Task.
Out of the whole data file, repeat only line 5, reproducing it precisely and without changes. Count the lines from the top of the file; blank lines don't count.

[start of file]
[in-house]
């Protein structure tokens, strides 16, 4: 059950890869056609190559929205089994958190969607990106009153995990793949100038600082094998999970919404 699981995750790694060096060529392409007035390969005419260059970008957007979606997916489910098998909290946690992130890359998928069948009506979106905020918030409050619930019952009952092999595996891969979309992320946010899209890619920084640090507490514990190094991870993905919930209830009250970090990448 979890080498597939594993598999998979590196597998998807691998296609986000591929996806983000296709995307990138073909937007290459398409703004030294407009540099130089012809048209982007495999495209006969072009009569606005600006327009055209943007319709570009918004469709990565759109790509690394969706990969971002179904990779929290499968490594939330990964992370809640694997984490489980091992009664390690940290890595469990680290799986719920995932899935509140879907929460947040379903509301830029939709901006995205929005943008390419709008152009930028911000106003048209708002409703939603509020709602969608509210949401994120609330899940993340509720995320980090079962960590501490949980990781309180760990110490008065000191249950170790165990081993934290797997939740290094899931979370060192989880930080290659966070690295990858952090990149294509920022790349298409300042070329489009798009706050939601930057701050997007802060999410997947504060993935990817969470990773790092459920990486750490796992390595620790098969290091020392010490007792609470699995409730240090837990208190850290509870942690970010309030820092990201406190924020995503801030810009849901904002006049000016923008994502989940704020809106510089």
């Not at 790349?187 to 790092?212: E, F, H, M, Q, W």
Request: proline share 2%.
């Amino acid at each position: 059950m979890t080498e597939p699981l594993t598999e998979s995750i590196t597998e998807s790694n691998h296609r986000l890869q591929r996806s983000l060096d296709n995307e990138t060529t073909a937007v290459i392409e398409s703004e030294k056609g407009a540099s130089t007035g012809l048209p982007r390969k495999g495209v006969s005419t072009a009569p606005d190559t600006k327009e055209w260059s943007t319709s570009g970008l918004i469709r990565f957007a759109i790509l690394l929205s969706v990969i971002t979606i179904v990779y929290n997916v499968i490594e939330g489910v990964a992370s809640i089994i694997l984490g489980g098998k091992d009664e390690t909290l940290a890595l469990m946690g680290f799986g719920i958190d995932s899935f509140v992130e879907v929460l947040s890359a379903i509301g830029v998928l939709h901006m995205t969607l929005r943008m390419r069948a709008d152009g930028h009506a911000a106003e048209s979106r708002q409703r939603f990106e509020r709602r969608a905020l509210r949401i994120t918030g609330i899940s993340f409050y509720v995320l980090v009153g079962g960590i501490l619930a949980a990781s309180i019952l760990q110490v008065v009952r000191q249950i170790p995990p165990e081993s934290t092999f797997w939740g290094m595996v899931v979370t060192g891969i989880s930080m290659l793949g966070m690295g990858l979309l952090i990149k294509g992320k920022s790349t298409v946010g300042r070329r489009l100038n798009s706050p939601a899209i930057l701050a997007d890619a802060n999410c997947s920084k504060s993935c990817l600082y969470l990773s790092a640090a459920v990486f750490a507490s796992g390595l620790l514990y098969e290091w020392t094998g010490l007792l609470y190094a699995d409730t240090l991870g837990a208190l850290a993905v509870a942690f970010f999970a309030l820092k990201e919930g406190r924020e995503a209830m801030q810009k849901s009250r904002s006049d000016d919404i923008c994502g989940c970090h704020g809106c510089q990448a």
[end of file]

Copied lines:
């Amino acid at each position: 059950m979890t080498e597939p699981l594993t598999e998979s995750i590196t597998e998807s790694n691998h296609r986000l890869q591929r996806s983000l060096d296709n995307e990138t060529t073909a937007v290459i392409e398409s703004e030294k056609g407009a540099s130089t007035g012809l048209p982007r390969k495999g495209v006969s005419t072009a009569p606005d190559t600006k327009e055209w260059s943007t319709s570009g970008l918004i469709r990565f957007a759109i790509l690394l929205s969706v990969i971002t979606i179904v990779y929290n997916v499968i490594e939330g489910v990964a992370s809640i089994i694997l984490g489980g098998k091992d009664e390690t909290l940290a890595l469990m946690g680290f799986g719920i958190d995932s899935f509140v992130e879907v929460l947040s890359a379903i509301g830029v998928l939709h901006m995205t969607l929005r943008m390419r069948a709008d152009g930028h009506a911000a106003e048209s979106r708002q409703r939603f990106e509020r709602r969608a905020l509210r949401i994120t918030g609330i899940s993340f409050y509720v995320l980090v009153g079962g960590i501490l619930a949980a990781s309180i019952l760990q110490v008065v009952r000191q249950i170790p995990p165990e081993s934290t092999f797997w939740g290094m595996v899931v979370t060192g891969i989880s930080m290659l793949g966070m690295g990858l979309l952090i990149k294509g992320k920022s790349t298409v946010g300042r070329r489009l100038n798009s706050p939601a899209i930057l701050a997007d890619a802060n999410c997947s920084k504060s993935c990817l600082y969470l990773s790092a640090a459920v990486f750490a507490s796992g390595l620790l514990y098969e290091w020392t094998g010490l007792l609470y190094a699995d409730t240090l991870g837990a208190l850290a993905v509870a942690f970010f999970a309030l820092k990201e919930g406190r924020e995503a209830m801030q810009k849901s009250r904002s006049d000016d919404i923008c994502g989940c970090h704020g809106c510089q990448a």